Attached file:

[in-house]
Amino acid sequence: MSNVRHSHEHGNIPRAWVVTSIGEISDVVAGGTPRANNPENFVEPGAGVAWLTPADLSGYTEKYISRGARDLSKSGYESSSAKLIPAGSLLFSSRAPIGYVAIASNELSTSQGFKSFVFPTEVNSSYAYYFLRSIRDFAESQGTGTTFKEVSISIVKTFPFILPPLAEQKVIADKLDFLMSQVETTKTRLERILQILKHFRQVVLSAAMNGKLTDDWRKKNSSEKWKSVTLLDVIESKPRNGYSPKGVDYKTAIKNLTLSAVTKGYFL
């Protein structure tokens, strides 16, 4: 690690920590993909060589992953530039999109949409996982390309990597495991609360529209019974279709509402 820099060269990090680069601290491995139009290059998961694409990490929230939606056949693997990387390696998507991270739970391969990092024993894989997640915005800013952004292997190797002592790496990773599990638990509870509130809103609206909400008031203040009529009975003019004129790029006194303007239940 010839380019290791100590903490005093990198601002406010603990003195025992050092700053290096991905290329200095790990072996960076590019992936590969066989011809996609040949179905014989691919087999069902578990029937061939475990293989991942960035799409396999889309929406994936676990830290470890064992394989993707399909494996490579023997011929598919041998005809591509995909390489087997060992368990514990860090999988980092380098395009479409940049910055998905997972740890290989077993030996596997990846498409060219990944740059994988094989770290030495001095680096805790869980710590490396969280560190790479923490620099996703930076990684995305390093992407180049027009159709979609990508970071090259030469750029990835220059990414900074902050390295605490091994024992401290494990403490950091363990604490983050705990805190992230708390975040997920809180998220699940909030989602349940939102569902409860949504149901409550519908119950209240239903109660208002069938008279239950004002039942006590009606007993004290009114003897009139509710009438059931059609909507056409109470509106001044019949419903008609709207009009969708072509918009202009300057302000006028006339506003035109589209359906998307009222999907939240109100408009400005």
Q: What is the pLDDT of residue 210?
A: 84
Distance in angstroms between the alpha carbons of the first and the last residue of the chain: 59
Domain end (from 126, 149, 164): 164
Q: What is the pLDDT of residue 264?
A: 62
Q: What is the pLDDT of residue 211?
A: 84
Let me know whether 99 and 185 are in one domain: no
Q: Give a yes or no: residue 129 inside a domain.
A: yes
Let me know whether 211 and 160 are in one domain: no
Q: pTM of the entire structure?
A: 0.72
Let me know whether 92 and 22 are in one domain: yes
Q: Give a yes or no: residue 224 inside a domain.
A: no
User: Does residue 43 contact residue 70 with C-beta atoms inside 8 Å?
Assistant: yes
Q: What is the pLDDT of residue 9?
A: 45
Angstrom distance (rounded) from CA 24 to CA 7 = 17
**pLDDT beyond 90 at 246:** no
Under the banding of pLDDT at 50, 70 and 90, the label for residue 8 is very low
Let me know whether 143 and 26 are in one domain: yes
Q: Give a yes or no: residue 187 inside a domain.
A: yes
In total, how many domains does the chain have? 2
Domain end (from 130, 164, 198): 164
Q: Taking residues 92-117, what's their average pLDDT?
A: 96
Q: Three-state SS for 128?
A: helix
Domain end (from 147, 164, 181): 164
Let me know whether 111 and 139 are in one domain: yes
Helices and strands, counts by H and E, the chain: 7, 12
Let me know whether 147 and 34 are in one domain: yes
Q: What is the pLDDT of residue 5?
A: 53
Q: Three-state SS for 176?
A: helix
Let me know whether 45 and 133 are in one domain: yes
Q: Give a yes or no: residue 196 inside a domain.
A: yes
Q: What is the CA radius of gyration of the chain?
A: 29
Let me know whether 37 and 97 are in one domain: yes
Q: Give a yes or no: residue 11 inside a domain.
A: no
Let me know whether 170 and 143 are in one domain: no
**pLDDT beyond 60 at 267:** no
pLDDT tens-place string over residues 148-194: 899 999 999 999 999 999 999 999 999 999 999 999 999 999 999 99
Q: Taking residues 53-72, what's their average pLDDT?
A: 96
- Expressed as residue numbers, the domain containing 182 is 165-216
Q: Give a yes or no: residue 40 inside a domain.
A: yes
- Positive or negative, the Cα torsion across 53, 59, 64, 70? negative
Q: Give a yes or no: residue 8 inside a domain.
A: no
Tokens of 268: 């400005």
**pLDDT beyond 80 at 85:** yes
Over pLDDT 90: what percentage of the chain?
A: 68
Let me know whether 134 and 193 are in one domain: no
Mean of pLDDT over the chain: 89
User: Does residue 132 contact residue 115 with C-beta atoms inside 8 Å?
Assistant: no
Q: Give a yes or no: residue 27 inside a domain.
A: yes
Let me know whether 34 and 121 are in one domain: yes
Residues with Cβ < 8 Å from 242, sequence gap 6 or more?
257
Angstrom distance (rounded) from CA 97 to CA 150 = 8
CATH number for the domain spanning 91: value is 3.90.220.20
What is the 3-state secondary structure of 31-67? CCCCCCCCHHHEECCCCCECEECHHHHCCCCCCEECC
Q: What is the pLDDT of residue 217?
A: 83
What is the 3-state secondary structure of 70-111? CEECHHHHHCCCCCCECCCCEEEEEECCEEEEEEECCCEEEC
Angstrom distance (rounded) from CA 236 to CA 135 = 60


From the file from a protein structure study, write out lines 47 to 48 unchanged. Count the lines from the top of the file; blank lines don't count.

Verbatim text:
A: yes
Q: What is the CA radius of gyration of the chain?